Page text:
Brooklyn’s historic Green-Wood Cemetery was brutally vandalized the night of Monday, August 20th. Grounds workers discovered during the course of their duties Tuesday morning that at least 43 memorials, monuments and gravestones had been intentionally damaged. Some of the damage was minor, disrespectful but fixable with a cleaning. Much of it was considerably more severe, ranging from a trampled 19th-century American flag to shattered headstones. The total estimated cost of repair is more than $100,000.
Urns were cracked and pushed off their bases. Four marble crosses were toppled; three of them broke into pieces.
Two memorial porcelain photographs of the deceased were scratched repeatedly; another was smashed with a rock. Three gravestones were smeared with mud. And, this: a trash receptacle rolled down a hill, two stop signs were folded in half, and a Toro Workman cart was pushed up an embankment in an apparent effort to turn it over.
Three headstones in the Law family plot were knocked over. The mausoleum of the Bourne family, designed by Beaux-Arts architect Ernest Flagg, had one of a pair of classical stone vases framing it toppled and broken in two. The cemetery is in the process of contacting family members of all the vandalized graves, but it’s taking some time to reach the families of people who died in the mid-19th century. Their contact information is not current, needless to say.
Although Green-Wood, like most cemeteries, has dealt with vandalism before, it has excellent security. The 478-acre grounds are surrounded by a high cast iron fence; there are video cameras all over the park and a car patrol that operates 24 hours a day. A possible suspect was captured on video. The recording has been handed over to the NYPD Hate Crime Task Force which is investigating the case.
The cemetery has already begun making repairs and will foot the bill, but they are asking for donations to help defray the cost. Click here if you would like to contribute.
Established in 1838, Green-Wood was one of the first garden cemeteries in the country. Spacious burial grounds set in a landscaped park-like environment on the outskirts of a city were a reaction to the increasingly crowded urban churchyards which were often putrid, poorly guarded and vermin-infested. Old remains in such places had to be regularly disinterred to make room for new ones since there was little room for expansion.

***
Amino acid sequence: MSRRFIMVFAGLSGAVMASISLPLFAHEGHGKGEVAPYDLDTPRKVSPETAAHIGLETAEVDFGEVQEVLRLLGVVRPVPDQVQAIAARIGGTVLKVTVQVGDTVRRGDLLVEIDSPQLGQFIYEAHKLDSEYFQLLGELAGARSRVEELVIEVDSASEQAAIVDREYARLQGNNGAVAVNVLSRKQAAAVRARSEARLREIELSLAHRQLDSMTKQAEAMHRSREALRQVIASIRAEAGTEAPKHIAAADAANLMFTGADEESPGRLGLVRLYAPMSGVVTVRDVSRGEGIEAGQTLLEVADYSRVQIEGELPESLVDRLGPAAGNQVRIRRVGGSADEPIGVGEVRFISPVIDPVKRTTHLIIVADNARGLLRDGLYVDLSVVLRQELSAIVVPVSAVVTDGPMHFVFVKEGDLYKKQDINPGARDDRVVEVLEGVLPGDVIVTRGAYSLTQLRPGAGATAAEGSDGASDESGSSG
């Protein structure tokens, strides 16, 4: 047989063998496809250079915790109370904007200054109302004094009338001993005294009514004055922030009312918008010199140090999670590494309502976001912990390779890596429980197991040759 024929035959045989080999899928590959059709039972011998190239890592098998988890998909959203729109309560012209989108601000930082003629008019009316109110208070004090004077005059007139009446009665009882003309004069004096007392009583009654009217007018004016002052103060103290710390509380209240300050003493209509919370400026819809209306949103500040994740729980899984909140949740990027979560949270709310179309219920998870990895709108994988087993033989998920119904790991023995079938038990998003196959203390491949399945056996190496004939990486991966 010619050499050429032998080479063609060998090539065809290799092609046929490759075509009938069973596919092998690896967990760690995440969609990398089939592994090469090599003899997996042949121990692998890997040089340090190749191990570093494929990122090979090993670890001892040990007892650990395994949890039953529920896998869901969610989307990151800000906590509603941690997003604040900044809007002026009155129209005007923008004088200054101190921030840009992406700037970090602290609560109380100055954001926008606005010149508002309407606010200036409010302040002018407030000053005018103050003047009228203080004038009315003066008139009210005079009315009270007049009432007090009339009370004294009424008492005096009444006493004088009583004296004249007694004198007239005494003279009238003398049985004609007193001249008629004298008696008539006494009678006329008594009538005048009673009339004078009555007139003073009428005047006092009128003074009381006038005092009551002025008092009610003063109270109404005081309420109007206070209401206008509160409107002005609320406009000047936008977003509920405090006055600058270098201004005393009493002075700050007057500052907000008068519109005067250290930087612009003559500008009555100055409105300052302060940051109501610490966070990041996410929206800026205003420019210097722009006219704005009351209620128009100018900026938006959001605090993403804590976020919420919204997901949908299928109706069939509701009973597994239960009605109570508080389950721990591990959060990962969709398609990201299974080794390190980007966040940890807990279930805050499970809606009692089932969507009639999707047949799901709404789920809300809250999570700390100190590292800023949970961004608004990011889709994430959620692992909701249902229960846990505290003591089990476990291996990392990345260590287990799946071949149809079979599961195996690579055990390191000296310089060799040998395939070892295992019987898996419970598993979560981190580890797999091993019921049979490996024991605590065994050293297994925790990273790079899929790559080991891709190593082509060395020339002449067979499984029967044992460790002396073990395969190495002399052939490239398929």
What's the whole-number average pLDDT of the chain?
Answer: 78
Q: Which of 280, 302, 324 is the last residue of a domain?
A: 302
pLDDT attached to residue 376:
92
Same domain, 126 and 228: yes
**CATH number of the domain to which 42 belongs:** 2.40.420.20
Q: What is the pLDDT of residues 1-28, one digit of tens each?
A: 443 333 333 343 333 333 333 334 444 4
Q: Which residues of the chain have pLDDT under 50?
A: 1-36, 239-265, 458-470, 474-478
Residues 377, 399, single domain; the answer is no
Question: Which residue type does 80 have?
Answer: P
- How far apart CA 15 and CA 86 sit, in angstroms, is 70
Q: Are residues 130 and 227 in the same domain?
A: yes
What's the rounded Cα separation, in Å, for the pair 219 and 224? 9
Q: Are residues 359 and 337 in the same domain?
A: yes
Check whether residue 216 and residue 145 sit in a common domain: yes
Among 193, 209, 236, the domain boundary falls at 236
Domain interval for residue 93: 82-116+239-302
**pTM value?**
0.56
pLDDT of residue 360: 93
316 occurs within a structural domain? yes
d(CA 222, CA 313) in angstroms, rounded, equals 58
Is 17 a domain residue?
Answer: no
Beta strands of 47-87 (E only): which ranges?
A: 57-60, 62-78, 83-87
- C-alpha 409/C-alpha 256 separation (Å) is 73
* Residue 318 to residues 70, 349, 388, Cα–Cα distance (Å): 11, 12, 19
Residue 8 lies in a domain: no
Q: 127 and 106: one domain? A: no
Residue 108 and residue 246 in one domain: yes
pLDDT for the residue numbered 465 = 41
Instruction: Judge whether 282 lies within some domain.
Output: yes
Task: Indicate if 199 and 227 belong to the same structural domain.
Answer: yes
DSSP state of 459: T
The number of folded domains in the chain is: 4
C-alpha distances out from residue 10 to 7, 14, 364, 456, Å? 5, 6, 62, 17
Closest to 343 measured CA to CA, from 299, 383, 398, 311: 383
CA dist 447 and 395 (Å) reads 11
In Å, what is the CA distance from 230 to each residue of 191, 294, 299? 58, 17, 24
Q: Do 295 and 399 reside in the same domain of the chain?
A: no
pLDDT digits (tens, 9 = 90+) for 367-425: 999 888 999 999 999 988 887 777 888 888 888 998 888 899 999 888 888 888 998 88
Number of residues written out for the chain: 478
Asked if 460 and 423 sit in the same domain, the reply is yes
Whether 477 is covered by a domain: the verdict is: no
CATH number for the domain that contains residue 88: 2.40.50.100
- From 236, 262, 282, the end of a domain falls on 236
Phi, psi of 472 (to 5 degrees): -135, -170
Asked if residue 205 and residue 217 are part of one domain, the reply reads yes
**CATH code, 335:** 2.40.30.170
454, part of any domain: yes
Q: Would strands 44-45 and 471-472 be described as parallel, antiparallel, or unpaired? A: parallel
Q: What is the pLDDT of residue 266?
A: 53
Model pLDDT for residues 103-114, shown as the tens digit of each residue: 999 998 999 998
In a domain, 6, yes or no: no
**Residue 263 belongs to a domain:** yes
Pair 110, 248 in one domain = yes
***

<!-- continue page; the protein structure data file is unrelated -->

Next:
Père Lachaise Cemetery in Paris was the first garden cemetery established in 1804. The first one in the United States was Mount Auburn Cemetery outside Boston in 1831. Its pastoral vista of rolling hills with classical monuments, bodies of water and groves of trees had the appeal of an English garden, then a popular landscaping trend. It was also non-sectarian, unlike the churchyards which determined who could be buried in them based on their religious affiliation.
So beautiful and peaceful were the new garden cemeteries that they become popular tourist attractions. People would make a day of it and picnic on the grounds. These wide-open pastoral spaces for the dead inspired the creation of wide-open pastoral spaces for the people still living in the city, hence the construction of Central Park in New York City.
In the late 19th century, Green-Wood was the premiere burial ground for the rich and famous of New York. It also provided eternal rest to Civil War veterans, including ones who couldn’t pay, and to the victims of tragedies like the Brooklyn Theater Fire of December 5th, 1876.
Some of Green-Wood’s 560,000 permanent residents include composer Leonard Bernstein, several Roosevelts, newspaper publisher Horace Greeley, Lola Montez (the dancer and courtesan whose charms brought down King Ludwig I of Bavaria), pioneering journalist Nellie Bly who famously beat Jules Verne’s fictional Phileas Fogg to go around the world in a record 72 days, Louis Comfort Tiffany and Boss Tweed.
There are some lovely pictures of the cemetery today and in years past on Green-Wood’s Flickr photostream. Even today it’s a tourist destination, known not just for interesting themed tours of its permanent residents, but also for its excellent bird-watching and as a Revolutionary War battlefield (the Battle of Long Island was fought there).